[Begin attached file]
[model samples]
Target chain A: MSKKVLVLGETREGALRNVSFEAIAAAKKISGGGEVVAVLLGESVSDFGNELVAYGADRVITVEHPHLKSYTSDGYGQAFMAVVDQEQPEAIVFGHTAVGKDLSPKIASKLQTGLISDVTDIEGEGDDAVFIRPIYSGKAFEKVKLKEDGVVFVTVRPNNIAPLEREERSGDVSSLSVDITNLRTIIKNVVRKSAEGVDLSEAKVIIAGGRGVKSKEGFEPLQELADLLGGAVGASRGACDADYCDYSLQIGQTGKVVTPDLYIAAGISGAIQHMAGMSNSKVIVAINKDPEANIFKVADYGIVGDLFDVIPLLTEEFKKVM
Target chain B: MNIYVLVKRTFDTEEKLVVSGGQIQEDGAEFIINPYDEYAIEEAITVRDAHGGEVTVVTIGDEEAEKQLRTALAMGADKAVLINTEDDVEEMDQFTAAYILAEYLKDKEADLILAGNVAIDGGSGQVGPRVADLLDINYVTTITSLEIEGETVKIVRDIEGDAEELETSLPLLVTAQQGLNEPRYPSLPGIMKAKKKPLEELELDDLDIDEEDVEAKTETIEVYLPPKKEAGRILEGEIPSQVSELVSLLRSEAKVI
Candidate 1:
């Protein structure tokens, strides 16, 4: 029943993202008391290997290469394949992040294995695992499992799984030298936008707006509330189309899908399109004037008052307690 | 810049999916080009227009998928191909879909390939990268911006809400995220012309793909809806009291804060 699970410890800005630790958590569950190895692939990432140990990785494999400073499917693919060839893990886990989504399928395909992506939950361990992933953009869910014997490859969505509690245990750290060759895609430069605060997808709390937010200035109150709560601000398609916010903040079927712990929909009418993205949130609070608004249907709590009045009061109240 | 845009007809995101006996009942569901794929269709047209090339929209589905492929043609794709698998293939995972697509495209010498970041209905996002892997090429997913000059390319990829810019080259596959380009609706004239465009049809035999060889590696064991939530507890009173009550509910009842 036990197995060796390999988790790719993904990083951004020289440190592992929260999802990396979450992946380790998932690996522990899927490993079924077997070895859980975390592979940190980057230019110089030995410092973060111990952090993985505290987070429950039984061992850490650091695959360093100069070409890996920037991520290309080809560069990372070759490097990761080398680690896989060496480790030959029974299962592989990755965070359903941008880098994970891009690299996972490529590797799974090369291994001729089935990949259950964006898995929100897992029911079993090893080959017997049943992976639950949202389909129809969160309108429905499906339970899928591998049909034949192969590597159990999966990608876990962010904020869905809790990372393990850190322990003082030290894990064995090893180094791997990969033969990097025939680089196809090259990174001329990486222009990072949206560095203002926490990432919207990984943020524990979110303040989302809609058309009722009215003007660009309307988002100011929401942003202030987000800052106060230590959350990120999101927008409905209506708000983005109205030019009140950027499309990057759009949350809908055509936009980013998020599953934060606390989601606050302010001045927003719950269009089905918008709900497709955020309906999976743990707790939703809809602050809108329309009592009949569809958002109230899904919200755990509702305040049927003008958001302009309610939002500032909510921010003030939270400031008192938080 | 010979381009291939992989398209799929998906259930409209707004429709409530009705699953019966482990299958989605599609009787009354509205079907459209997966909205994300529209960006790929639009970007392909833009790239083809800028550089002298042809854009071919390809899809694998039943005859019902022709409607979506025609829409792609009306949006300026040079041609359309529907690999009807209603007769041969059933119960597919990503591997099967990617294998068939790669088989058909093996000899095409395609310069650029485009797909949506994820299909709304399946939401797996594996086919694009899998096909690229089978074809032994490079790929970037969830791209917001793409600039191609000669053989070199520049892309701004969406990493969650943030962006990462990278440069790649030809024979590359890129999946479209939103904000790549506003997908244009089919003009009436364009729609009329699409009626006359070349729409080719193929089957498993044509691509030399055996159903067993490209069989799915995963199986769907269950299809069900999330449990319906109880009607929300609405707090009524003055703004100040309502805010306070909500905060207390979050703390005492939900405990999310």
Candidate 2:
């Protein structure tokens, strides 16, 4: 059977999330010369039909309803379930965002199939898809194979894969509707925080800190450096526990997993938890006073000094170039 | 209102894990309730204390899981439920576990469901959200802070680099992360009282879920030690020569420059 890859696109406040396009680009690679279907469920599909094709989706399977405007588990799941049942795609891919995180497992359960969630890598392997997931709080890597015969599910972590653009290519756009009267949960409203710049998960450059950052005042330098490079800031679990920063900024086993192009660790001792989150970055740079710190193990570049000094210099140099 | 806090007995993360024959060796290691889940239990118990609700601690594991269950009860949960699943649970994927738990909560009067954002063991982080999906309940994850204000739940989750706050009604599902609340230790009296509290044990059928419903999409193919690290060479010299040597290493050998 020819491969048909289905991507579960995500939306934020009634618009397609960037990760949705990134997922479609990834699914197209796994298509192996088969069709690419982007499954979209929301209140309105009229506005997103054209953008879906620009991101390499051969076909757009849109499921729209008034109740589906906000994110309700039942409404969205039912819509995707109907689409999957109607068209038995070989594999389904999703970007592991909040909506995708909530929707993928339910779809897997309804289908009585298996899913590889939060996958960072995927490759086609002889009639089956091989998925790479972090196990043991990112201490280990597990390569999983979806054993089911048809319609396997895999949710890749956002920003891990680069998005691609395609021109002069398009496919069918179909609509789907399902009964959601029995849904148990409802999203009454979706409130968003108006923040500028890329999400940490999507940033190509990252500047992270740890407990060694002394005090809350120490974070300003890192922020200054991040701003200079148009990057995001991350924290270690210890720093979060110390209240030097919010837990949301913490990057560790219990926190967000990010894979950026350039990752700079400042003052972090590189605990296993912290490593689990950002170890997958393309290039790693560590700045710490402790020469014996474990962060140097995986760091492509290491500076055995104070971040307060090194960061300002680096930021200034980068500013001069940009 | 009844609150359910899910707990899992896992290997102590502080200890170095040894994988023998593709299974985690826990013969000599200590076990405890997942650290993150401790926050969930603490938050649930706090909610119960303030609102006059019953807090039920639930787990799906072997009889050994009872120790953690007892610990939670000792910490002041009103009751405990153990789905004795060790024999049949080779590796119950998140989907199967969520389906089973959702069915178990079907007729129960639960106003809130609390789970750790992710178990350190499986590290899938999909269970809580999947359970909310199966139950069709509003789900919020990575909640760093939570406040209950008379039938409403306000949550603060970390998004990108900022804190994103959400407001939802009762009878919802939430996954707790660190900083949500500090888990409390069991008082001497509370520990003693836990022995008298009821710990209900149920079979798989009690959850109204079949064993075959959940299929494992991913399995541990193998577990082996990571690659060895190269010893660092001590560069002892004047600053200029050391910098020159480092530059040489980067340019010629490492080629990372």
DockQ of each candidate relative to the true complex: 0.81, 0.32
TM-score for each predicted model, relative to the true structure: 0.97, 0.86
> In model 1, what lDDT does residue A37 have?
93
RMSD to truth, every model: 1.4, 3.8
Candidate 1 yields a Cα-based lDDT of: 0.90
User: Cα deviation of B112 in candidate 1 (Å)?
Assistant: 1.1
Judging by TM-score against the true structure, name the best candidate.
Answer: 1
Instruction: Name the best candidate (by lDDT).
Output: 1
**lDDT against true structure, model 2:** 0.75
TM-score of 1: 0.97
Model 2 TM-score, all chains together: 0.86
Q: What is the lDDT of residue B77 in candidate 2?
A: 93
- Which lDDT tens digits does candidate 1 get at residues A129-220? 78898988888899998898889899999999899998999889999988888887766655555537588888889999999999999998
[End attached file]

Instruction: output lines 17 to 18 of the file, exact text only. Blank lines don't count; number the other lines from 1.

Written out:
Answer: 1
Instruction: Name the best candidate (by lDDT).